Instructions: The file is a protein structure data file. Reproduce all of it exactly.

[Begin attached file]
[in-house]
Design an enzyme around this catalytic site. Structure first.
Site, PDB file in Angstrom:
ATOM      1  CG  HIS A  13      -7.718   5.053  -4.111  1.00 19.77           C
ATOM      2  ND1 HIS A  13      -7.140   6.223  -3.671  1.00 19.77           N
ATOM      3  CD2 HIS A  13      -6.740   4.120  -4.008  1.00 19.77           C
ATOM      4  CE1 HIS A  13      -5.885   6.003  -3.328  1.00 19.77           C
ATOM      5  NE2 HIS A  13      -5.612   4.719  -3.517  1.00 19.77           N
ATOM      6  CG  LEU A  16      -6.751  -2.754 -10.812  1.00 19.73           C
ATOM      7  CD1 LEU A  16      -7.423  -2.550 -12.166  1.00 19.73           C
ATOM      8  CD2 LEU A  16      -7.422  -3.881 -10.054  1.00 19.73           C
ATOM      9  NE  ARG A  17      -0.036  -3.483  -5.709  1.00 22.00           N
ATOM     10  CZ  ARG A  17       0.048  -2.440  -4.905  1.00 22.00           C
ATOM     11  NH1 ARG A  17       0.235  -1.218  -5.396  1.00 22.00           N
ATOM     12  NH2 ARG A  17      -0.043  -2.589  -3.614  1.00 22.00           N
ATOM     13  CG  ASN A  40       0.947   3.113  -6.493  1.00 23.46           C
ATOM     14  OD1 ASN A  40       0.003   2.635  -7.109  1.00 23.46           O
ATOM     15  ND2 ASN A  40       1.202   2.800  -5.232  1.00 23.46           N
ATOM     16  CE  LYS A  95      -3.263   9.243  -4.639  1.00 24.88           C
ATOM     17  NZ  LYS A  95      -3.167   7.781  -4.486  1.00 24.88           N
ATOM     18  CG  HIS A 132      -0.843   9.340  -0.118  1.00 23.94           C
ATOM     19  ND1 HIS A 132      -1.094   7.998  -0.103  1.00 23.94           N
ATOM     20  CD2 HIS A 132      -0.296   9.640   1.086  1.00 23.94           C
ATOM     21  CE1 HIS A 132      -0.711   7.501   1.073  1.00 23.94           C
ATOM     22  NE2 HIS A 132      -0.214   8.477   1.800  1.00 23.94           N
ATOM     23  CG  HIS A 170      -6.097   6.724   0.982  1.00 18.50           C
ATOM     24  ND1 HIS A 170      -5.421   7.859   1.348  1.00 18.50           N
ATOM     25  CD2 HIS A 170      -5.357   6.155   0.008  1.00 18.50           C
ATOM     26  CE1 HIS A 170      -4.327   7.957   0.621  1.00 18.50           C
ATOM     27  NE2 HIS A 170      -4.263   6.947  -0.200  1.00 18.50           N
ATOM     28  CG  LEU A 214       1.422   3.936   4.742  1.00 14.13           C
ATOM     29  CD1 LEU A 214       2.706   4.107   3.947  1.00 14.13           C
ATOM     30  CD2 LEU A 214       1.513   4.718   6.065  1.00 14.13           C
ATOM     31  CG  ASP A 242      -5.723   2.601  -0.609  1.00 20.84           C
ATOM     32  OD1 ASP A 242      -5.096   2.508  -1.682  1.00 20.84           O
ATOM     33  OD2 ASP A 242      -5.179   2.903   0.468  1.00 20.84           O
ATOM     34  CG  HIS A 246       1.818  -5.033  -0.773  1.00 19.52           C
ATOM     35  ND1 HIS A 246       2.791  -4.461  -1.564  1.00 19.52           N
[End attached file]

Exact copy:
[in-house]
Design an enzyme around this catalytic site. Structure first.
Site, PDB file in Angstrom:
ATOM      1  CG  HIS A  13      -7.718   5.053  -4.111  1.00 19.77           C
ATOM      2  ND1 HIS A  13      -7.140   6.223  -3.671  1.00 19.77           N
ATOM      3  CD2 HIS A  13      -6.740   4.120  -4.008  1.00 19.77           C
ATOM      4  CE1 HIS A  13      -5.885   6.003  -3.328  1.00 19.77           C
ATOM      5  NE2 HIS A  13      -5.612   4.719  -3.517  1.00 19.77           N
ATOM      6  CG  LEU A  16      -6.751  -2.754 -10.812  1.00 19.73           C
ATOM      7  CD1 LEU A  16      -7.423  -2.550 -12.166  1.00 19.73           C
ATOM      8  CD2 LEU A  16      -7.422  -3.881 -10.054  1.00 19.73           C
ATOM      9  NE  ARG A  17      -0.036  -3.483  -5.709  1.00 22.00           N
ATOM     10  CZ  ARG A  17       0.048  -2.440  -4.905  1.00 22.00           C
ATOM     11  NH1 ARG A  17       0.235  -1.218  -5.396  1.00 22.00           N
ATOM     12  NH2 ARG A  17      -0.043  -2.589  -3.614  1.00 22.00           N
ATOM     13  CG  ASN A  40       0.947   3.113  -6.493  1.00 23.46           C
ATOM     14  OD1 ASN A  40       0.003   2.635  -7.109  1.00 23.46           O
ATOM     15  ND2 ASN A  40       1.202   2.800  -5.232  1.00 23.46           N
ATOM     16  CE  LYS A  95      -3.263   9.243  -4.639  1.00 24.88           C
ATOM     17  NZ  LYS A  95      -3.167   7.781  -4.486  1.00 24.88           N
ATOM     18  CG  HIS A 132      -0.843   9.340  -0.118  1.00 23.94           C
ATOM     19  ND1 HIS A 132      -1.094   7.998  -0.103  1.00 23.94           N
ATOM     20  CD2 HIS A 132      -0.296   9.640   1.086  1.00 23.94           C
ATOM     21  CE1 HIS A 132      -0.711   7.501   1.073  1.00 23.94           C
ATOM     22  NE2 HIS A 132      -0.214   8.477   1.800  1.00 23.94           N
ATOM     23  CG  HIS A 170      -6.097   6.724   0.982  1.00 18.50           C
ATOM     24  ND1 HIS A 170      -5.421   7.859   1.348  1.00 18.50           N
ATOM     25  CD2 HIS A 170      -5.357   6.155   0.008  1.00 18.50           C
ATOM     26  CE1 HIS A 170      -4.327   7.957   0.621  1.00 18.50           C
ATOM     27  NE2 HIS A 170      -4.263   6.947  -0.200  1.00 18.50           N
ATOM     28  CG  LEU A 214       1.422   3.936   4.742  1.00 14.13           C
ATOM     29  CD1 LEU A 214       2.706   4.107   3.947  1.00 14.13           C
ATOM     30  CD2 LEU A 214       1.513   4.718   6.065  1.00 14.13           C
ATOM     31  CG  ASP A 242      -5.723   2.601  -0.609  1.00 20.84           C
ATOM     32  OD1 ASP A 242      -5.096   2.508  -1.682  1.00 20.84           O
ATOM     33  OD2 ASP A 242      -5.179   2.903   0.468  1.00 20.84           O
ATOM     34  CG  HIS A 246       1.818  -5.033  -0.773  1.00 19.52           C
ATOM     35  ND1 HIS A 246       2.791  -4.461  -1.564  1.00 19.52           N